Given that Google has a European market share of more than 90% in general internet search services, licensable smart mobile operating systems and app stores for the Android mobile operating system, E.U. antitrust authorities seem to believe that Google needs to be policed from stifling innovation in the marketplace.

Good luck with that.

The showdown is over the U.S. vision of competition benefitting consumers versus the European ideal of a level playing field advancing technological innovation. What the Europeans don’t want to see is a repeat of when Microsoft – through pricing strategies and informal deals – monopolized the operating systems on PCs.

The problem for EU legislators is that American tech companies own every tranche of what’s termed “the mobile industry stack” – the layers of integrated technology starting with smart phone apps and operating systems and ending with manufacturing. Sometimes Google, Apple and Microsoft compete, and sometimes they collaborate. But they always win.

Remember when Ericsson and Nokia dominated wireless devices? Good times!

The problem for regulators mired in ossified bureaucracy is, those corporate relationships and the ecosystems they shape are increasingly fluid as innovation approaches light speed. The only way for the EU to achieve “dynamic efficiency,” Iyer and Rangan write, is to get out of the way.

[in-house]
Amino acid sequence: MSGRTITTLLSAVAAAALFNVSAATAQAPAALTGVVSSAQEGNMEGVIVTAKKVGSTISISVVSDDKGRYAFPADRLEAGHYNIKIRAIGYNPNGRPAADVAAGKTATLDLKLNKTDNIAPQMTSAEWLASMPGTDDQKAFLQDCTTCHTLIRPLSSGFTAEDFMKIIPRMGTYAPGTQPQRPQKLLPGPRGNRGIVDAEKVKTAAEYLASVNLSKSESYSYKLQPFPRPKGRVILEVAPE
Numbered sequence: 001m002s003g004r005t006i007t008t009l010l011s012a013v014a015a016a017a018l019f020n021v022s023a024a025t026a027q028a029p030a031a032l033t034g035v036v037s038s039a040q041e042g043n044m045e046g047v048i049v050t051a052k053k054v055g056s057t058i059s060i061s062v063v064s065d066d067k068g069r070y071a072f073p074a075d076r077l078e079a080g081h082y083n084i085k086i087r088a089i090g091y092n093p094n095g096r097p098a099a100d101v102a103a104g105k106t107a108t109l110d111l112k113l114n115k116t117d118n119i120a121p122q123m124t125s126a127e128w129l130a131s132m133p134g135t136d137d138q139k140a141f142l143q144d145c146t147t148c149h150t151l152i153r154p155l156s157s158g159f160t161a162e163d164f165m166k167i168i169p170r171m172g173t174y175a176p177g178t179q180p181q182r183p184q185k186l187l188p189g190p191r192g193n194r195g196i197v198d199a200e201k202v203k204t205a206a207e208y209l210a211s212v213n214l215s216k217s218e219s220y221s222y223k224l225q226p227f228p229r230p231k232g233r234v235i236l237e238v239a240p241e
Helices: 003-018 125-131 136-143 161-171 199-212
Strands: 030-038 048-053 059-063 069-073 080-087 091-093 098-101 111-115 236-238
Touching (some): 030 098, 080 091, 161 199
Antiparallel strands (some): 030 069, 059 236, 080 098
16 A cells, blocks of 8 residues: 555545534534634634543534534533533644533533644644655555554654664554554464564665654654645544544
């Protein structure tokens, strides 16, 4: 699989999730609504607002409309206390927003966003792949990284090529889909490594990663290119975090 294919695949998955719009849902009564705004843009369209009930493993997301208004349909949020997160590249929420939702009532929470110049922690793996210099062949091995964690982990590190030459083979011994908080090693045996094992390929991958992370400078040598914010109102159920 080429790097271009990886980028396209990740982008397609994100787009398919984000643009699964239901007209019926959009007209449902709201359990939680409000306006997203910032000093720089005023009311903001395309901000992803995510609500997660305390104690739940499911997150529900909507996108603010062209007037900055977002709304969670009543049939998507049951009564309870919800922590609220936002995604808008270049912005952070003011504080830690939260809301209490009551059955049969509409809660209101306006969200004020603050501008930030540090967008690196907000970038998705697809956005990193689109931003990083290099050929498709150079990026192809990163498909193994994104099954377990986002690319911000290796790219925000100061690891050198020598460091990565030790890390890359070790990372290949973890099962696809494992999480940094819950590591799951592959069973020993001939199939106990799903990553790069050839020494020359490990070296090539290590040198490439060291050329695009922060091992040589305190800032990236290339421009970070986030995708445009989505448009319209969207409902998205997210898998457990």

C|NET also has a detailed story about coming tech wars here.

London No. 1 on European Digital City Index

screen-shot-2016-12-13-at-11-13-48-amThe European Digital City Index was released earlier this month, a project funded in part by the European Union. The EDCI ranks European cities by how well they support digital entrepreneurship. And when we say “support,” EDCI tries to quantify elements such as access to capital and digital infrastructure, along with subjective abstractions such as quality of life … sort of like we did with our own list of the five best European cities for expats.

The EDCI Top 10 includes all the usual suspects, including London at No. 1.

The Top 10 are:

  1. London
  2. Stockholm
  3. Amsterdam
  4. Helsinki
  5. Paris
  6. Berlin
  7. Copenhagen
  8. Dublin
  9. Barcelona
  10. Vienna

We have to say we felt a bit vindicated to see our unheralded headquarters of Eindhoven at No. 26, just behind Frankfurt and one ahead of Utrecht.

Unlike a lot of the rankings and research the EU cranks out, this is legit. When we looked at the methodology, it included collecting hard data from Eurostat and the World Bank, as well as “soft data” scraped from startup meet-up websites, APIs and non-public databases such as VC and investment websites. Well done!

Here’s the link to see more granular detail about their data and how they crunched it.

Mercifully brief briefs

•  Paris startups at Station F

We first mentioned this so long ago that even we forgot about it. But it appears Xavier Niel is still pushing Paris as Europe’s next startup capital … and putting serious money behind what is being marketed as the world’s largest startup campus. Bloomberg is reporting Niel, who made a fortune with an ISP in the early days of the Internet, has invested $268 million in creating Station F, a 366,000-square-foot startup space in the center of Paris. Renting a desk at Station F when it opens next year will cost 195 euros per month … nearly free in a city with crazy rents.

The Netherlands to invade Vegas

StartupDelta special envoy Constantijn van Oranje, who’s a prince of some sort (we can’t figure out the Dutch royalty), will lead a delegation of 30 Dutch tech startups to the Consumer Electronic Show in Las Vegas next month. The 2017 CES will be the first time the Netherlands will host a Dutch Startup Pavilion at CES, with 30 featured startups.